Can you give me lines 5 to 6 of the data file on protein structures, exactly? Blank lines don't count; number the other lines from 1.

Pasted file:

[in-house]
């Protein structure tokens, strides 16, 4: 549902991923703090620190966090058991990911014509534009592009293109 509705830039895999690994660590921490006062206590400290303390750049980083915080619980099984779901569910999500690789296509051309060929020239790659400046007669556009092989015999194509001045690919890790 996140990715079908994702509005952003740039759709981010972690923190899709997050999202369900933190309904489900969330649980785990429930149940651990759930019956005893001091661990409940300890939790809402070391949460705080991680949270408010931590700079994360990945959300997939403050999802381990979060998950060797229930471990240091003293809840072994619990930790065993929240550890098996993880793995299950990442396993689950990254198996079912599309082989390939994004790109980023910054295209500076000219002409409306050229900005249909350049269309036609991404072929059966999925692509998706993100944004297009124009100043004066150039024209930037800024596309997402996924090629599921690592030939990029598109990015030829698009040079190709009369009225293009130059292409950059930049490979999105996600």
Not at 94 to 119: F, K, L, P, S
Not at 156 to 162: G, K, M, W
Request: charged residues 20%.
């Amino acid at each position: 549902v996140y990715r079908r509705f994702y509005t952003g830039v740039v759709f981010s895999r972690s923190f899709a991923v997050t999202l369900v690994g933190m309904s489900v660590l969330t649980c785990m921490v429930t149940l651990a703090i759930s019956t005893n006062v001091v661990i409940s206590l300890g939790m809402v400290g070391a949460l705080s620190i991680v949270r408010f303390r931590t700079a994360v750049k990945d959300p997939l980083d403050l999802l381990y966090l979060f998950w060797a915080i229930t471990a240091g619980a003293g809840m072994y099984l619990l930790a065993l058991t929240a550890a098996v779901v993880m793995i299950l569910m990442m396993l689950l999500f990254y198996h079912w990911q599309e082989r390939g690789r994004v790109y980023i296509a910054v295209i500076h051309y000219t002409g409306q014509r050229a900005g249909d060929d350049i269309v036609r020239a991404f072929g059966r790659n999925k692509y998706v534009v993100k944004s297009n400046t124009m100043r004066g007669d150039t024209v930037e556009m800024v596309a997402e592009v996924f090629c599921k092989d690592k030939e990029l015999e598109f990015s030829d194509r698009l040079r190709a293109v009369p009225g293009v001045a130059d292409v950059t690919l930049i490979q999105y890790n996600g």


Request: charged residues 20%.
């Amino acid at each position: 549902v996140y990715r079908r509705f994702y509005t952003g830039v740039v759709f981010s895999r972690s923190f899709a991923v997050t999202l369900v690994g933190m309904s489900v660590l969330t649980c785990m921490v429930t149940l651990a703090i759930s019956t005893n006062v001091v661990i409940s206590l300890g939790m809402v400290g070391a949460l705080s620190i991680v949270r408010f303390r931590t700079a994360v750049k990945d959300p997939l980083d403050l999802l381990y966090l979060f998950w060797a915080i229930t471990a240091g619980a003293g809840m072994y099984l619990l930790a065993l058991t929240a550890a098996v779901v993880m793995i299950l569910m990442m396993l689950l999500f990254y198996h079912w990911q599309e082989r390939g690789r994004v790109y980023i296509a910054v295209i500076h051309y000219t002409g409306q014509r050229a900005g249909d060929d350049i269309v036609r020239a991404f072929g059966r790659n999925k692509y998706v534009v993100k944004s297009n400046t124009m100043r004066g007669d150039t024209v930037e556009m800024v596309a997402e592009v996924f090629c599921k092989d690592k030939e990029l015999e598109f990015s030829d194509r698009l040079r190709a293109v009369p009225g293009v001045a130059d292409v950059t690919l930049i490979q999105y890790n996600g």